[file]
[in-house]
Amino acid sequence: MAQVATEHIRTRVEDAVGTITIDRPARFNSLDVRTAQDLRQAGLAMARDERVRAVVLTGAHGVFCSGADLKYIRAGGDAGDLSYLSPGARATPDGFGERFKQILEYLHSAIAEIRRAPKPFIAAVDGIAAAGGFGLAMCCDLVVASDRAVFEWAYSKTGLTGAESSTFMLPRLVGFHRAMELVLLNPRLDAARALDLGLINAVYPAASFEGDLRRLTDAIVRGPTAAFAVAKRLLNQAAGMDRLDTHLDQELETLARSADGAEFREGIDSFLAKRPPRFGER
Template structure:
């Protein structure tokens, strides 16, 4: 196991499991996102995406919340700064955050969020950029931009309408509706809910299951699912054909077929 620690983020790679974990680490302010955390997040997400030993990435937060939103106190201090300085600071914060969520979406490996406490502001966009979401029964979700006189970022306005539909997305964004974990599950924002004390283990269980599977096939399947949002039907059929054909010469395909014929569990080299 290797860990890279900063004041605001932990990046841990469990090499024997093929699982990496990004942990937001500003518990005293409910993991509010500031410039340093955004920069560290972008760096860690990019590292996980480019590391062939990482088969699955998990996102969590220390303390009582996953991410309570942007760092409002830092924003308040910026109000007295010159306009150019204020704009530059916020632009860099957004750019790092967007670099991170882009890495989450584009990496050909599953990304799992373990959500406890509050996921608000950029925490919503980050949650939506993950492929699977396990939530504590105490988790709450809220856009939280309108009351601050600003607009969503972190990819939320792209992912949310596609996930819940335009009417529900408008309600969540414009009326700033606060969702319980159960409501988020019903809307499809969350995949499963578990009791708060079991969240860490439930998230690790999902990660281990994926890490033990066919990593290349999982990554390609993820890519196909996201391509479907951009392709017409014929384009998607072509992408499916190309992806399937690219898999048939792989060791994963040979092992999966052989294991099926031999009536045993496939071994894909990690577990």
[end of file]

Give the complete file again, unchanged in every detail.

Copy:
[in-house]
Amino acid sequence: MAQVATEHIRTRVEDAVGTITIDRPARFNSLDVRTAQDLRQAGLAMARDERVRAVVLTGAHGVFCSGADLKYIRAGGDAGDLSYLSPGARATPDGFGERFKQILEYLHSAIAEIRRAPKPFIAAVDGIAAAGGFGLAMCCDLVVASDRAVFEWAYSKTGLTGAESSTFMLPRLVGFHRAMELVLLNPRLDAARALDLGLINAVYPAASFEGDLRRLTDAIVRGPTAAFAVAKRLLNQAAGMDRLDTHLDQELETLARSADGAEFREGIDSFLAKRPPRFGER
Template structure:
């Protein structure tokens, strides 16, 4: 196991499991996102995406919340700064955050969020950029931009309408509706809910299951699912054909077929 620690983020790679974990680490302010955390997040997400030993990435937060939103106190201090300085600071914060969520979406490996406490502001966009979401029964979700006189970022306005539909997305964004974990599950924002004390283990269980599977096939399947949002039907059929054909010469395909014929569990080299 290797860990890279900063004041605001932990990046841990469990090499024997093929699982990496990004942990937001500003518990005293409910993991509010500031410039340093955004920069560290972008760096860690990019590292996980480019590391062939990482088969699955998990996102969590220390303390009582996953991410309570942007760092409002830092924003308040910026109000007295010159306009150019204020704009530059916020632009860099957004750019790092967007670099991170882009890495989450584009990496050909599953990304799992373990959500406890509050996921608000950029925490919503980050949650939506993950492929699977396990939530504590105490988790709450809220856009939280309108009351601050600003607009969503972190990819939320792209992912949310596609996930819940335009009417529900408008309600969540414009009326700033606060969702319980159960409501988020019903809307499809969350995949499963578990009791708060079991969240860490439930998230690790999902990660281990994926890490033990066919990593290349999982990554390609993820890519196909996201391509479907951009392709017409014929384009998607072509992408499916190309992806399937690219898999048939792989060791994963040979092992999966052989294991099926031999009536045993496939071994894909990690577990």